Niangua Tornado Shelter

Niangua Tornado Shelter

February 2009 – FEMA Funds Monolithic Dome Tornado Shelter


CONTACT: Carol Lanham
BWG Agency

FEMA Funds First Monolithic Dome Tornado Shelter for Missouri School
New Steel-Reinforced Concrete Dome to Double as Preschool Classroom

NIANGUA, Missouri (February 27, 2009) A small Missouri school district has received funding from the Federal Emergency Management Agency (FEMA) to build a Monolithic Dome shelter that will double as a preschool classroom. The dome is the first building of its kind approved for FEMA funding.

The shelter, which will hold approximately 400 people, is being constructed for the Niangua R-V School District. The building qualified for the grant money because Monolithic Domes meet FEMA’s criteria for design and construction of community safe rooms, and also offer near-absolute protection from tornadoes and hurricanes.

“After all the federally declared disasters we have faced in Webster County in the past two years, we applied for and received a grant to build a community storm shelter in the Niangua area,” says emergency management director Bill Sexton. “The building will not only protect people during a tornado, it will also double as a classroom.”

The building will cost $311,750 to build, but ninety percent of the funding is coming from FEMA. Niangua’s pre-school students currently attend class in double-wide trailers, which have been described as tornado magnets. The new building is scheduled for completion by the end of March.

Monolithic Domes are steel-reinforced, concrete buildings that are known not only for their safety, but for their energy efficiency. A dome can cost as much as 50 percent less to heat and cool than a traditional structure of the same size. Because of the materials used in their construction, they also are fire safe.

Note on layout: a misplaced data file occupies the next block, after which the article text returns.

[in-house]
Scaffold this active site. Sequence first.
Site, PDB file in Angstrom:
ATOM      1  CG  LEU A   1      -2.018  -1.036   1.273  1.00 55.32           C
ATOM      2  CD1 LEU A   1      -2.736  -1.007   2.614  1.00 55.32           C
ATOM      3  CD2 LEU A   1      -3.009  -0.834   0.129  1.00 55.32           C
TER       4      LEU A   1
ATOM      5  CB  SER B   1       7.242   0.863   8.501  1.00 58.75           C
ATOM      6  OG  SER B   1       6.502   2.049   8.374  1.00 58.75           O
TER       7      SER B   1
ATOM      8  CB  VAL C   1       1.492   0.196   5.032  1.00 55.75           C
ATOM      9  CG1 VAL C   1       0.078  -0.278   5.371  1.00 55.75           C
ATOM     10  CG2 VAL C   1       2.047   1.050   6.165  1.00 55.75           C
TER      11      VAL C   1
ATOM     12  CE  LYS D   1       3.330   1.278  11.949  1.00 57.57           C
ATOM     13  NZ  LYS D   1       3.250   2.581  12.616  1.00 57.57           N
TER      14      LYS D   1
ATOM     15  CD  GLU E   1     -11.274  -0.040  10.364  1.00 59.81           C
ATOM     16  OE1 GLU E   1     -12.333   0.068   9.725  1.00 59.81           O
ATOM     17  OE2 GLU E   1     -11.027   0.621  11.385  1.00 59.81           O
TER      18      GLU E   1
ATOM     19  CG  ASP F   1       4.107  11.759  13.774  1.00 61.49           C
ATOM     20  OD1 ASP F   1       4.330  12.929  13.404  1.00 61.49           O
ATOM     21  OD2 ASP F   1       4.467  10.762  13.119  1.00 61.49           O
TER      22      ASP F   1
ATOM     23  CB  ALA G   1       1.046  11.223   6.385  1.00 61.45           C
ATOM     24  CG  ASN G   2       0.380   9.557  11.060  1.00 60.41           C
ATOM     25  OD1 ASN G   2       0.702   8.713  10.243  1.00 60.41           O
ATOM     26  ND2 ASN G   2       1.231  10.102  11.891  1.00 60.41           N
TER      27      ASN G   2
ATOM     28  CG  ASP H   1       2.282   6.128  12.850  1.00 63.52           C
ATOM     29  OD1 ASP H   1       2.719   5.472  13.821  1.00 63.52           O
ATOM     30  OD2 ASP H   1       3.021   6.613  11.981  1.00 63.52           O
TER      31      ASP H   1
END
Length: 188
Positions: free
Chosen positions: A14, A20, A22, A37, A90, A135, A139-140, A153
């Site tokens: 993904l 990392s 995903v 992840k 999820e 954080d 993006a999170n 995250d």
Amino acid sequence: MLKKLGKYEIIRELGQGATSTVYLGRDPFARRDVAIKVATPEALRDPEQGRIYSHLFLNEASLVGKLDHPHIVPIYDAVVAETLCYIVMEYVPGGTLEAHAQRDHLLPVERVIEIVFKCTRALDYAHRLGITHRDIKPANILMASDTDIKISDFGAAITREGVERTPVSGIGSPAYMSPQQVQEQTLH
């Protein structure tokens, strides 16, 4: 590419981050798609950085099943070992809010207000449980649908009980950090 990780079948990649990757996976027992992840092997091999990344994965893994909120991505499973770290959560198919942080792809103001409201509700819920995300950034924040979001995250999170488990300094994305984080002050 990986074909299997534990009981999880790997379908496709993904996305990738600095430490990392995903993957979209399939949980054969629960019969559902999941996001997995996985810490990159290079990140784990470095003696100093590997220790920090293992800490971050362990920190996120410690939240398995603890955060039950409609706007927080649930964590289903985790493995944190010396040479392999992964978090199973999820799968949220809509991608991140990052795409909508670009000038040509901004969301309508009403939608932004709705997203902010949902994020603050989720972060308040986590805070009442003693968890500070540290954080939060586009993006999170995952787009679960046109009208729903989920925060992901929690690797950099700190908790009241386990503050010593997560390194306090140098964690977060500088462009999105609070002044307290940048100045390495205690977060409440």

David South, president of the Texas-based Monolithic Dome Institute, said the “green” features of the building are a big selling point. “The energy savings along will usually pay for the total cost of the structure within the first 20 years,” he said. “They also are very durable structures. Properly maintained, they will last for centuries.”

He added that every school in the nation could benefit from a dome that doubles as a tornado shelter. “Over the years, we’ve seen dozens of schools build gyms that double as community disaster shelters,” South said. “But this is the first time we’ve seen FEMA fund a Monolithic Dome classroom/tornado shelter in a community.”

Monolithic Dome schools have been built in Texas, Arizona, Missouri, Oklahoma, Florida, Idaho, and Minnesota. Several dome schools are currently under construction or about to break ground, including one in Kansas.

The construction method used to build Monolithic Domes is as unusual as the buildings themselves. The process begins with the placement of a ring beam footing and the pouring of a circular steel-reinforced concrete slab floor. In many cases, a stem wall is then erected to give the building straight walls and a more conventional look. Next, crews attach an Airform, a tarp made of tough, single-ply roofing material, which is inflated using giant fans.

Once the Airform is inflated, work moves to the interior where treated wood is attached to frame the windows and doors. Three inches of polyurethane foam is then sprayed on the rest of the Airform, and a grid of steel rebar is attached to the foam. In the final step, crews spray on a layer of Shotcrete that ranges from 4 inches at the top to 8 inches at the base. The result is a permanent and virtually indestructible structure.

For more information about Monolithic Domes schools, visit HYPERLINK